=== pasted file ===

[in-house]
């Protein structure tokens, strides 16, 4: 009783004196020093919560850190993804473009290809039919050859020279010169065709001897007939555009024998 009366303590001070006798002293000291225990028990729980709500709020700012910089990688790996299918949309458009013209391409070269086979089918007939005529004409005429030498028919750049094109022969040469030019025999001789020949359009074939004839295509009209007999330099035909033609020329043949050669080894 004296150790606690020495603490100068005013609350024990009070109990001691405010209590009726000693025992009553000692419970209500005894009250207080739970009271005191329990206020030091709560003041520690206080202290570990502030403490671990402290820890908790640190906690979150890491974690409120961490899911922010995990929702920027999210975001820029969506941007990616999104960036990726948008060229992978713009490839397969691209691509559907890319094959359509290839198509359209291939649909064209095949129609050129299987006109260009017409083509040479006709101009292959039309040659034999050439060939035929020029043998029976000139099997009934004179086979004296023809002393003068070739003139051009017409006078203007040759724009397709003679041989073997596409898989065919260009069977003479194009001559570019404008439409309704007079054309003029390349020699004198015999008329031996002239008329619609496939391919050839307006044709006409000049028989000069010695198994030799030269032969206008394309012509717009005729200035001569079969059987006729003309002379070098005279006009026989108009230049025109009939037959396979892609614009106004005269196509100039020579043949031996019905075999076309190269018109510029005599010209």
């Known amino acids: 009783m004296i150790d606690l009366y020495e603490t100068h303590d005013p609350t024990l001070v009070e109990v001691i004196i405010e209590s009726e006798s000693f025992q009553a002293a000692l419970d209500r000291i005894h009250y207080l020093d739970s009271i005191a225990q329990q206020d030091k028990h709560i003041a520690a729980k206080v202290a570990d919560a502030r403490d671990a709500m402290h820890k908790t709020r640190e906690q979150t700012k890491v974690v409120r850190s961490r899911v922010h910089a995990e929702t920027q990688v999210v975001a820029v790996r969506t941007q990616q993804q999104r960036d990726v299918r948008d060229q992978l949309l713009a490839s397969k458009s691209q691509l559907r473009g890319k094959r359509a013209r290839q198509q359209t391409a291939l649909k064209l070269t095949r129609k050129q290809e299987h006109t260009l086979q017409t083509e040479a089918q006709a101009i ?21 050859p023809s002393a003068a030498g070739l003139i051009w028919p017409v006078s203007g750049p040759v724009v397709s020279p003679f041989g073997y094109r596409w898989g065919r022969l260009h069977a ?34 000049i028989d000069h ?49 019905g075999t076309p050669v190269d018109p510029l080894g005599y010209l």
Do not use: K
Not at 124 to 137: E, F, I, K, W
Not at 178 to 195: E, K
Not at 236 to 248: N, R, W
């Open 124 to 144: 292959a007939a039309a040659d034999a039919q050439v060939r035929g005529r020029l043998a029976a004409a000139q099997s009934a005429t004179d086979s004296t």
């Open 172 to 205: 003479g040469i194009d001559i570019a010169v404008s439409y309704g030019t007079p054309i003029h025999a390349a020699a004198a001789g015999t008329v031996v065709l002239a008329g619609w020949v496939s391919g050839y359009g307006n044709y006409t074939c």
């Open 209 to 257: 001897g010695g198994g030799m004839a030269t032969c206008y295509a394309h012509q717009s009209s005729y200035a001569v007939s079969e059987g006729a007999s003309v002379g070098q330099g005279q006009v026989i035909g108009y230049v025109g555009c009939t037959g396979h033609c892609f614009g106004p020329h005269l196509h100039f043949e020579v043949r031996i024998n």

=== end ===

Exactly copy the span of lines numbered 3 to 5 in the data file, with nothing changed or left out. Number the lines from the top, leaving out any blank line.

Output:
């Known amino acids: 009783m004296i150790d606690l009366y020495e603490t100068h303590d005013p609350t024990l001070v009070e109990v001691i004196i405010e209590s009726e006798s000693f025992q009553a002293a000692l419970d209500r000291i005894h009250y207080l020093d739970s009271i005191a225990q329990q206020d030091k028990h709560i003041a520690a729980k206080v202290a570990d919560a502030r403490d671990a709500m402290h820890k908790t709020r640190e906690q979150t700012k890491v974690v409120r850190s961490r899911v922010h910089a995990e929702t920027q990688v999210v975001a820029v790996r969506t941007q990616q993804q999104r960036d990726v299918r948008d060229q992978l949309l713009a490839s397969k458009s691209q691509l559907r473009g890319k094959r359509a013209r290839q198509q359209t391409a291939l649909k064209l070269t095949r129609k050129q290809e299987h006109t260009l086979q017409t083509e040479a089918q006709a101009i ?21 050859p023809s002393a003068a030498g070739l003139i051009w028919p017409v006078s203007g750049p040759v724009v397709s020279p003679f041989g073997y094109r596409w898989g065919r022969l260009h069977a ?34 000049i028989d000069h ?49 019905g075999t076309p050669v190269d018109p510029l080894g005599y010209l």
Do not use: K
Not at 124 to 137: E, F, I, K, W